What is Artificial Intelligence (AI)?
Artificial intelligence (AI) refers to a broader branch of computer science and engineering correlated to developing intelligent machines. AI machines are capable of simulating human intelligence. These machines have intelligent computer programs, which enable them to think like humans and emulate human actions. AI technology revolves around three core intellectual skills of intelligence such as learning, reasoning, and self-correction.
From a technological perspective, contemporary artificial intelligence technology works as a combination of following modern technologies such as machine learning, deep learning, speech recognition, Text analytics, natural language processing (NLP), pattern recognition, computer vision, image processing, robotics, neural networks, virtual agents and other similar technologies.
Brief History of Artificial Intelligence
The phrase artificial intelligence is not entirely new for technology researchers. The idea of intelligent machines, as a matter of fact, can be traced back to the Ancient Greeks and Egyptian myths.
The journey of modern AI technology has its roots back in classical philosophers, logicians, and mathematicians’ efforts that describe the human thought process as a manipulation of symbols. This assumption resulted in the invention of the programmable digital computer in the 1940s, the Atanasoff Berry Computer (ABC). This particular invention encouraged scientists to undertake an initiative drafting an “electronic brain,” or an artificial intellectual being. Then in 1943, Warren McCulloch and Walter Harry Pitts Jr. suggested a model of artificial neurons that in this day and age is viewed as the very first work of artificial intelligence (AI).
By the 1950s, a generation of philosophers, mathematicians, and scientists emerged who meaningfully internalized the concept behind artificial intelligence machines. Alan Turing was one among those academics; he was a British Polymath, Cryptanalyst who spearheaded Machine learning in 1950. Turing argued that humans utilize available information and apply reasonable logic for making decisions and solving problems. So, why machines can’t be employed to reach the same goal? From this logical perspective, he published a paper in 1950 titled “Computing Machinery and Intelligence” where he deliberated upon how to chart out an intelligent machine and proposed necessary procedures to test their intelligence. Later the test procedures became known as the “Turing Test”.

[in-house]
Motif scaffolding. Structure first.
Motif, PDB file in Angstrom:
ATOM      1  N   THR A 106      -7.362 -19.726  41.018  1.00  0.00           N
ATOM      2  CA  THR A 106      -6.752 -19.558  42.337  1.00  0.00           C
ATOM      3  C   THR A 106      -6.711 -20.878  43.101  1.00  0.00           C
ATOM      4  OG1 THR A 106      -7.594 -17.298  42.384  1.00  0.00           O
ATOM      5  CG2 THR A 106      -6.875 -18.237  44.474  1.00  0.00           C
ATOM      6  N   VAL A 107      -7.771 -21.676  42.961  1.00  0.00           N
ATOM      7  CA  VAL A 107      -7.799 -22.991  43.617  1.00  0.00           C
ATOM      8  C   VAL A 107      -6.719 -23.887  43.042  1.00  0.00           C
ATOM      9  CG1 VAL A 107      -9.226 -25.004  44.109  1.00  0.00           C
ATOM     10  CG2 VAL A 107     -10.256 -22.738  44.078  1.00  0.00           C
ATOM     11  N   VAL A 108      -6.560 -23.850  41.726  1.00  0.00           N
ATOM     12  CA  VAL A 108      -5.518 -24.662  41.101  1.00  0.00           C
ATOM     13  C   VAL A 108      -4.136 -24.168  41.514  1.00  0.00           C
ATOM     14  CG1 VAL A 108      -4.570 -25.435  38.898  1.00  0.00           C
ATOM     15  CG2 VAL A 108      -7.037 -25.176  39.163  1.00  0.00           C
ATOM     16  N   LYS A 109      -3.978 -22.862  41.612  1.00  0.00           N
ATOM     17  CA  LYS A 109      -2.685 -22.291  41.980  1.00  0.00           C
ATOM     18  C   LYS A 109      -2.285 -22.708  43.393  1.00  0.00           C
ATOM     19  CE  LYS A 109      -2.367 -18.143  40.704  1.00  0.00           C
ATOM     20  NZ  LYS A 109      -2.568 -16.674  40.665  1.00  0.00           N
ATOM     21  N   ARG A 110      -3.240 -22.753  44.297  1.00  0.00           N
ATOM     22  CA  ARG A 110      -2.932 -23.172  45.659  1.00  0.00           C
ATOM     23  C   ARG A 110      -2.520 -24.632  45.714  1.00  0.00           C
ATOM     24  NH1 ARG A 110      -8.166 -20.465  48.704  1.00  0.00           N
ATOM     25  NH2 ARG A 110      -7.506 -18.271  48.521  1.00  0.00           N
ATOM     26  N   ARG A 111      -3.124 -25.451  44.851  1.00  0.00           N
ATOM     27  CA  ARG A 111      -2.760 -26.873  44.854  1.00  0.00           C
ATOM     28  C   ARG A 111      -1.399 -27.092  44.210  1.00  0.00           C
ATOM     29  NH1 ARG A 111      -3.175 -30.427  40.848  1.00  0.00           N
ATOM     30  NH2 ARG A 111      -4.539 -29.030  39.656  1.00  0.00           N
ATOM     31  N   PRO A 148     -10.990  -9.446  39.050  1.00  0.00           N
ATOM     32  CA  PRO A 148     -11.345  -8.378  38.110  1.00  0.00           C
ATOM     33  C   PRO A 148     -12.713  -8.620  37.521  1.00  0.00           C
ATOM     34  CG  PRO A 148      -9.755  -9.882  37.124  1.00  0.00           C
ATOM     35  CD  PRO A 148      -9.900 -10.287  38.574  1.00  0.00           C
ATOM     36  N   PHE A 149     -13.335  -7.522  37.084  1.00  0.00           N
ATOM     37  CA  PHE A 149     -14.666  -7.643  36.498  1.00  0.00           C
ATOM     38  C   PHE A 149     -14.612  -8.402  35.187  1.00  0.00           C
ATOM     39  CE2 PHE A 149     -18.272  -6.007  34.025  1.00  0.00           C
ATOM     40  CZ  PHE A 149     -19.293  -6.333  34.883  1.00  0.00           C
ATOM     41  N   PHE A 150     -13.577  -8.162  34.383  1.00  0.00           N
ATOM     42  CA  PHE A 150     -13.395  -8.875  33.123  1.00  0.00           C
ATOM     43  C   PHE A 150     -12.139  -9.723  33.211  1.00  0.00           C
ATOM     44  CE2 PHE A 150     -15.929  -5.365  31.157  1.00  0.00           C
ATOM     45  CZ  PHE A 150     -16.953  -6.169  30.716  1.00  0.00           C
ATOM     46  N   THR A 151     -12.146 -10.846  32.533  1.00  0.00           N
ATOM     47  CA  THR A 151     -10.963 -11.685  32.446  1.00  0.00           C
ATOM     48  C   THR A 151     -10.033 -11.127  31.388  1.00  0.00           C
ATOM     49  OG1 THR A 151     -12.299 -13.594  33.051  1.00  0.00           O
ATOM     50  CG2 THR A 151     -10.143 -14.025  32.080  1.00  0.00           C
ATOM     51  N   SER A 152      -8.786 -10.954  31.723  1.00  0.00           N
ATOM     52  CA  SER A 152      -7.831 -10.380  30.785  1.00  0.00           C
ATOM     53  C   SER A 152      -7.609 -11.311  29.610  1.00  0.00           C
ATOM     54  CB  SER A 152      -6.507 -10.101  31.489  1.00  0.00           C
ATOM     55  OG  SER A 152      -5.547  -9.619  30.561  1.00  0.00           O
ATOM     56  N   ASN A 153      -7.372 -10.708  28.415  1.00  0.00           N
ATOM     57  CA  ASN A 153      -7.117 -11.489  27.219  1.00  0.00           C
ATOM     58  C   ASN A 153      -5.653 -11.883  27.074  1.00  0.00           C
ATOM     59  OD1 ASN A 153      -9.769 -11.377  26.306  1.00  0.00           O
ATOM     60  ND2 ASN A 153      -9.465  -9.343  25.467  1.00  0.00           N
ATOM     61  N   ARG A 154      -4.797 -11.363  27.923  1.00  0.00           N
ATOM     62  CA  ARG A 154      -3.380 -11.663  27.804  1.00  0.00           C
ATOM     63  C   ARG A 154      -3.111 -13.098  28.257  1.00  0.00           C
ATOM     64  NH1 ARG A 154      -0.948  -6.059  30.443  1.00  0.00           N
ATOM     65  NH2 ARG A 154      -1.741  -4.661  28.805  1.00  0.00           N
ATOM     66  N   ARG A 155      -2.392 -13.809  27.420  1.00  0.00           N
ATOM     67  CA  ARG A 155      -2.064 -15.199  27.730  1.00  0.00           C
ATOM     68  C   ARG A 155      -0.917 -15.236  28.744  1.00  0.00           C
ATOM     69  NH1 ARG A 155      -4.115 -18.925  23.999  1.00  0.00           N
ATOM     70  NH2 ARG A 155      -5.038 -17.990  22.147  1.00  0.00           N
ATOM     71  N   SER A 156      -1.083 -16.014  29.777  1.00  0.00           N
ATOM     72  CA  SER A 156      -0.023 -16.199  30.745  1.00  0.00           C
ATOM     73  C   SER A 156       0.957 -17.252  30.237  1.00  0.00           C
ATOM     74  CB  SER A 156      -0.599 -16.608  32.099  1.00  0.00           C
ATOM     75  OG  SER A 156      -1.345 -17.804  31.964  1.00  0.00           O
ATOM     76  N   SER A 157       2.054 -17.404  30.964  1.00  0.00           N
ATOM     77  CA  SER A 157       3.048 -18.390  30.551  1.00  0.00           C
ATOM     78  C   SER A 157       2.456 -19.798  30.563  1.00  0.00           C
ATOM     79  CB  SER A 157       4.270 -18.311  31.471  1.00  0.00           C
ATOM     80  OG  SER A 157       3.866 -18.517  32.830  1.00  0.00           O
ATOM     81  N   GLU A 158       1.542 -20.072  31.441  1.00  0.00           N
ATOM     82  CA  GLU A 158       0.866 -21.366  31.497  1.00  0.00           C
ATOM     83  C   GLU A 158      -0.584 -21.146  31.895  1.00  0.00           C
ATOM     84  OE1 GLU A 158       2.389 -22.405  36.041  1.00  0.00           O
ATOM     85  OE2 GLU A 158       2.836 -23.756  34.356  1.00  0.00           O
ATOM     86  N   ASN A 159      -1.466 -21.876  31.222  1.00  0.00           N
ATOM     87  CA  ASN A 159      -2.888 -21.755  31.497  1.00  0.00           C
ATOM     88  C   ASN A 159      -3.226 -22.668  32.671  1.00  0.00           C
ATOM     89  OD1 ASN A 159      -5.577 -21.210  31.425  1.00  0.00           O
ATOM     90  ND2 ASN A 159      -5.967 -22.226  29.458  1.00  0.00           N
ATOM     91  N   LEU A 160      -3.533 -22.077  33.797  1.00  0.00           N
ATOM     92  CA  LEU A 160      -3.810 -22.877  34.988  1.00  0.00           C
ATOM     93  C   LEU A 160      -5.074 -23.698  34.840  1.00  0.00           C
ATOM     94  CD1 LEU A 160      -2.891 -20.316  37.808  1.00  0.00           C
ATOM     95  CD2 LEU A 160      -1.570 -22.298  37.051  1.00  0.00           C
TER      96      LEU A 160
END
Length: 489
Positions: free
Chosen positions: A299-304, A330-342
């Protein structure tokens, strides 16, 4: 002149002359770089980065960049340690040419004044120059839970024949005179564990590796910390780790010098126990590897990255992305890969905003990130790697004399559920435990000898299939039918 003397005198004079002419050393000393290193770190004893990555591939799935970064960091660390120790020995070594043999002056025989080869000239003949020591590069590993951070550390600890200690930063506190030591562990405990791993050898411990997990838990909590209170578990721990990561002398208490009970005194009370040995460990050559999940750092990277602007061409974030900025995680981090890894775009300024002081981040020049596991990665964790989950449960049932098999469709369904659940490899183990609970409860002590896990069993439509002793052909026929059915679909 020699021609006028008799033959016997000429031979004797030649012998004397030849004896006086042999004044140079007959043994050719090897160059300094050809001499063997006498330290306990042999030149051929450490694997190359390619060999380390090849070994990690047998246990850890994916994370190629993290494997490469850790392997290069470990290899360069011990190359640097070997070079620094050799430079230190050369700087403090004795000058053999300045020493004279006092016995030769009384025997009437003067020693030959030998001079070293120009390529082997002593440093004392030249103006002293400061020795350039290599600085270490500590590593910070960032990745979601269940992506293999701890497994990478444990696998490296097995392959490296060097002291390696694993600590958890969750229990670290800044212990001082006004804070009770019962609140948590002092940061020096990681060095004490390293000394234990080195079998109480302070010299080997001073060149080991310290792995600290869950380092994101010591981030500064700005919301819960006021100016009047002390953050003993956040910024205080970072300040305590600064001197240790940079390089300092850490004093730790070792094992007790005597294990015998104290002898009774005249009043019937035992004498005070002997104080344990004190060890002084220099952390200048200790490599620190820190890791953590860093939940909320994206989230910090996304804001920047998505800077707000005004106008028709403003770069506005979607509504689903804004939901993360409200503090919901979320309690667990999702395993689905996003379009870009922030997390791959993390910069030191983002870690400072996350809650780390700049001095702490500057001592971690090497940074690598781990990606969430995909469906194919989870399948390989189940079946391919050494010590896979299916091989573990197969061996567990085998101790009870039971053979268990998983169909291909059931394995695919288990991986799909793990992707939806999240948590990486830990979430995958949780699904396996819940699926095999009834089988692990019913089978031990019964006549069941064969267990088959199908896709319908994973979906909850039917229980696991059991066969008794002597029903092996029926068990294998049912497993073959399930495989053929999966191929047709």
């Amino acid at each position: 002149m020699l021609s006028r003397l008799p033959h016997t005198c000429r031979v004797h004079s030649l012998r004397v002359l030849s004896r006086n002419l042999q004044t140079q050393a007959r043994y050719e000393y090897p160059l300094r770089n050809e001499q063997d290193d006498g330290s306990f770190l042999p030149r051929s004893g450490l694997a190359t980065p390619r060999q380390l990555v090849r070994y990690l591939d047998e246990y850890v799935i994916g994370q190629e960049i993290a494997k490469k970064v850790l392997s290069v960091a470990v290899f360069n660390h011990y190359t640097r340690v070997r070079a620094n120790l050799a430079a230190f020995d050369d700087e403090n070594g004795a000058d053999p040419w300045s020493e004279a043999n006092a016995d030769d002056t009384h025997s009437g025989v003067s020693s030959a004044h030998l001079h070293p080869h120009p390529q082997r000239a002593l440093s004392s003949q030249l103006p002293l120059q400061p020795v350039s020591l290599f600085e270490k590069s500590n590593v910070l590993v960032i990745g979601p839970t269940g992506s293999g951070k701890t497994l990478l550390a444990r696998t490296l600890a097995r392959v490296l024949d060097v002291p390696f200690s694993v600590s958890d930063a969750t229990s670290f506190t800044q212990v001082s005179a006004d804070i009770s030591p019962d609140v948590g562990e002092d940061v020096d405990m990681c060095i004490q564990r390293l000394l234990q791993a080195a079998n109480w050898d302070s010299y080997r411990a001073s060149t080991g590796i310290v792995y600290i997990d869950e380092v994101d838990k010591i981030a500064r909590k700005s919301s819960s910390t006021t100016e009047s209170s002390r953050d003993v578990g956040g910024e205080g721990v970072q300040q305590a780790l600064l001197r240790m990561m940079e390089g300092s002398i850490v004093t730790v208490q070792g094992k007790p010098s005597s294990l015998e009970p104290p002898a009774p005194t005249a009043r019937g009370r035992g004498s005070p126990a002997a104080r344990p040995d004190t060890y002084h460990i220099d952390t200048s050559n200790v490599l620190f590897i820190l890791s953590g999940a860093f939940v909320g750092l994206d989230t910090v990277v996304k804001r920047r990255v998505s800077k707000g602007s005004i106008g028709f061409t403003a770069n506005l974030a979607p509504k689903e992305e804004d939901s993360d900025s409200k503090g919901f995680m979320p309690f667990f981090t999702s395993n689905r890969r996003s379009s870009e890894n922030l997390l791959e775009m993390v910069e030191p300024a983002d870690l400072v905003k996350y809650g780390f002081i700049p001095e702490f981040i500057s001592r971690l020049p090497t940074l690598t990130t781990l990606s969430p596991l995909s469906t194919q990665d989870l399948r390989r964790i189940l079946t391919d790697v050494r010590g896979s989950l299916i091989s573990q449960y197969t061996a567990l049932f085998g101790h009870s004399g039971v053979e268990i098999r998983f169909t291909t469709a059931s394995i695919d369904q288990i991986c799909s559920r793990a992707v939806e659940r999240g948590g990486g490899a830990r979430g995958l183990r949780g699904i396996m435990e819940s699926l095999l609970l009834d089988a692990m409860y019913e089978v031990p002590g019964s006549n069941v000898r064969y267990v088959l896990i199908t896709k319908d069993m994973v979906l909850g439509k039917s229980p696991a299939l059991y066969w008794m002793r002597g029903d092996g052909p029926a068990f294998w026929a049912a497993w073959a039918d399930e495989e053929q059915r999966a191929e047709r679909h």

Artificial intelligence as an academic discipline was officially founded in 1956 when John McCarthy, the inventor of LISP programming language, coined the phrase "Artificial Intelligence” at a conference titled the "Dartmouth Summer Research Project on Artificial Intelligence" which he hosted jointly with Marvin Minsky.
Subsequently, in the 1960s and 1970s, researchers and scientists had started to employ computers in AI research leading to the emergence of AI subfields such as machine learning, deep learning, forecasting analytics, data science, and other similar fields. Since then, research in artificial intelligence and technological development along various fronts has been advancing rapidly.
Basic Components of AI System
Knowledge representation- The term knowledge representation in artificial intelligence pertains to providing real-world information to machines. These data are such that machines can interpret them and deploy them for making intelligent decisions. Knowledge representation even enables AI agents to learn from stored data and perform tasks as intelligent beings. Therefore, an AI agent debates humans, deliberates on complex issues, writes poetry, understands emotions, makes autonomous movements, speaks with humans, etc. There are several categories of knowledge that need to be made part of the AI system for example objects, events, performance, facts, meta-knowledge, knowledge-based, etc.
Automated Reasoning- Reasoning refers to making an inference. Automated reasoning falls within the subject of computer science that pertains to developing computing systems that can automate the reasoning process through applying logic. In an automated reasoning system, an algorithmic description of a mathematical expression is loaded to a computer that executes the algorithm to ascertain theories and equations meaningfully.
Self-Learning- A core constituent unit of a self-learning system can self-train and learn using un-syntax data. At a machine level, it performs analysis of a databank, recognizes patterns, makes an inference, takes decisions, implements, eventually enriches its intelligence over time. A self-learning system is a software that employs technologies such as machine learning, text interpretation, pattern recognition, speech recognition, evolutionary computation, processing image, audio, video data, and so on.
Natural Language Understanding (NLU) - Technology and consulting firm Gartner, Inc. defined Natural Language Understanding (NLU) as the ability of computers to comprehend human language to the level that they can directly interact with humans like an intelligent being. It implies that NLU uses computer programs to interpret unstructured data (e.g., text, speech) without requiring formal syntax of programming languages. So NLU is a subsector of natural language processing (NLP) within AI that understands commands in human languages (e.g., Arabic, Bengali, English, Chinese), converts them into computer language, produces corresponding output, then responds in human language.